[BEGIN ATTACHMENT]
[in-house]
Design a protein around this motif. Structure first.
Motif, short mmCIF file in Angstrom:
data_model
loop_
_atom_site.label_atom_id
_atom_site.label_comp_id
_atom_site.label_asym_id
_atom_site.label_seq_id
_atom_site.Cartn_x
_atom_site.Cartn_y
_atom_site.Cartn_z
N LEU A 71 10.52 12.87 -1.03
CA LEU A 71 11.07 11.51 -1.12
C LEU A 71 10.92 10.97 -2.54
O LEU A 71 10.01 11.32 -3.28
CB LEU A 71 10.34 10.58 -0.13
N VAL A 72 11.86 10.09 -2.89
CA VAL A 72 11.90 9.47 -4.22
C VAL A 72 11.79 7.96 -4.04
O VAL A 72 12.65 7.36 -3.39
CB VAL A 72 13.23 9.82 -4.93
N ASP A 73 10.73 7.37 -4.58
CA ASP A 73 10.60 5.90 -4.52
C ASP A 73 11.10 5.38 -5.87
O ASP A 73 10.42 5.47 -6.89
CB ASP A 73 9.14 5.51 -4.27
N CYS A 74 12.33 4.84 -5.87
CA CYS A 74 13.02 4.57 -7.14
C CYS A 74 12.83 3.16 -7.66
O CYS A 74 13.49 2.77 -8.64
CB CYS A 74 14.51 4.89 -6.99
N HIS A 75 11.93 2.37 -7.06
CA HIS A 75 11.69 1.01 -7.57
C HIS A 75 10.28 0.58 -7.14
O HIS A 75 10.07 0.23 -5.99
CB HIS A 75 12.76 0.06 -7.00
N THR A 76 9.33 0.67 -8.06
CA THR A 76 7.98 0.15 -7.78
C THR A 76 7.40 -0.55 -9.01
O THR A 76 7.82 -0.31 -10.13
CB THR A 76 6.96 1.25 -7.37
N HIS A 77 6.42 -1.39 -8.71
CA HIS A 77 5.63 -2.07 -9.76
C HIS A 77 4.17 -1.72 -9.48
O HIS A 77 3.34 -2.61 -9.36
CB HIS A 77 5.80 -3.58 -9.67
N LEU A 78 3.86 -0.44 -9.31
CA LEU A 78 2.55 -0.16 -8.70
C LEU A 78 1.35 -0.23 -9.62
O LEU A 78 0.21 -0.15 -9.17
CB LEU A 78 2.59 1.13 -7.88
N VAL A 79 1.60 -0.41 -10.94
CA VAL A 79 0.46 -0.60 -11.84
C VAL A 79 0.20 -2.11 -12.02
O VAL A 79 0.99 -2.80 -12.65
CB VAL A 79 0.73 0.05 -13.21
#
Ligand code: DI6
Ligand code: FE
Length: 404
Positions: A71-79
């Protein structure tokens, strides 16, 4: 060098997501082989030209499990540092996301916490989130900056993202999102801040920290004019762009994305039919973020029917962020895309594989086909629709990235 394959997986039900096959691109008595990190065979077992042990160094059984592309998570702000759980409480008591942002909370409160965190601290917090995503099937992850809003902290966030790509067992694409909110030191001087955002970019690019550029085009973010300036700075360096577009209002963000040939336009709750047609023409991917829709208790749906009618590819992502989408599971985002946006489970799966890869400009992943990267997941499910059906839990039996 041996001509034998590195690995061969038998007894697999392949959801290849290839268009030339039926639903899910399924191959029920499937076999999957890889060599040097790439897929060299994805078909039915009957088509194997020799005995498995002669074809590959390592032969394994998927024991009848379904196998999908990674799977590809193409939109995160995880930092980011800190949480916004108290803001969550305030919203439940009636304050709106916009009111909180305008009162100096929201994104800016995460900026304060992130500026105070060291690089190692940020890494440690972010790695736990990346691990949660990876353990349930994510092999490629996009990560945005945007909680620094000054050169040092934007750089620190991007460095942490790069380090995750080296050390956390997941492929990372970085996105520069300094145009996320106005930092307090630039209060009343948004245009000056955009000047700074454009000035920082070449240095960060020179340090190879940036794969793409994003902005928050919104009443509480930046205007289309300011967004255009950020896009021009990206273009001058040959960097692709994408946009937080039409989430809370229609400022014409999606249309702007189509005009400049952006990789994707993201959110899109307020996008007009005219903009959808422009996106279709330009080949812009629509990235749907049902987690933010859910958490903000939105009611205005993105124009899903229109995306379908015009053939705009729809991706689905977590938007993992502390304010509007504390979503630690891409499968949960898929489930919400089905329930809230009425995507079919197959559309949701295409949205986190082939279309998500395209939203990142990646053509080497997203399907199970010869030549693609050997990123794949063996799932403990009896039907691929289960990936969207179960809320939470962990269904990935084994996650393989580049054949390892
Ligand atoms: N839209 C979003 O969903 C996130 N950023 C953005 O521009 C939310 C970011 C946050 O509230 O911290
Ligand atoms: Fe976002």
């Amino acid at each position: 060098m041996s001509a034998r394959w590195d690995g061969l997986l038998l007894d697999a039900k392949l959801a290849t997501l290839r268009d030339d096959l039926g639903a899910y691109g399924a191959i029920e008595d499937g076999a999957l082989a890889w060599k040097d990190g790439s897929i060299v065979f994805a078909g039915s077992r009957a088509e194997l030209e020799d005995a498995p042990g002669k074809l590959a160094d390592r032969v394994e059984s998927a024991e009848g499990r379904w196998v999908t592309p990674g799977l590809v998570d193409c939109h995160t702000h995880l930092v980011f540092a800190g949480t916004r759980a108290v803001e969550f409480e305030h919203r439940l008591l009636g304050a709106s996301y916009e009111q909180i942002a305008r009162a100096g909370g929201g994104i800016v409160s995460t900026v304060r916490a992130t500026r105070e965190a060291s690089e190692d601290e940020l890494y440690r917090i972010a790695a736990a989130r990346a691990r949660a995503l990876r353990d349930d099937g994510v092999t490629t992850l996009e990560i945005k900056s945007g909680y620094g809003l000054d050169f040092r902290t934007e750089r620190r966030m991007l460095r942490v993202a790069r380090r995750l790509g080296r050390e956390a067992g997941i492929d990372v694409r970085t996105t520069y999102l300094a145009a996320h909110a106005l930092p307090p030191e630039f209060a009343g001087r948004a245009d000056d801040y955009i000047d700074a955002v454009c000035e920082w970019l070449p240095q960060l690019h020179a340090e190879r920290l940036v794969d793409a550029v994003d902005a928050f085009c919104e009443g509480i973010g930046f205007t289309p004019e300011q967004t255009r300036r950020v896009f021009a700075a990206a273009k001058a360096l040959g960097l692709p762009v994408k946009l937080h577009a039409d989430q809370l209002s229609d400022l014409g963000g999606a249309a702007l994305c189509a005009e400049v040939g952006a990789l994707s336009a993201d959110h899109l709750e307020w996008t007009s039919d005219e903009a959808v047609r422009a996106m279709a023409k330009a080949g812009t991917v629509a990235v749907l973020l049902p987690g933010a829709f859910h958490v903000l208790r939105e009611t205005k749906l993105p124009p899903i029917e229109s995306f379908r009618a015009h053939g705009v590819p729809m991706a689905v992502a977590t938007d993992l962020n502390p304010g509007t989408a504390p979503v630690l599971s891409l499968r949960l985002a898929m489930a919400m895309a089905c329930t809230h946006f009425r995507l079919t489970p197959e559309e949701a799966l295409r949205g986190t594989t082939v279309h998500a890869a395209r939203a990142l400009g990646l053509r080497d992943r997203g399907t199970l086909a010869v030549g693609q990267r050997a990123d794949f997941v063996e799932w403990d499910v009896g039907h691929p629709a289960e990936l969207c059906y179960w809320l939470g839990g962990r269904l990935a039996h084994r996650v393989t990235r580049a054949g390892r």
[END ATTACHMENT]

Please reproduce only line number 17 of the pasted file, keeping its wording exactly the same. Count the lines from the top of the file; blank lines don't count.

CB LEU A 71 10.34 10.58 -0.13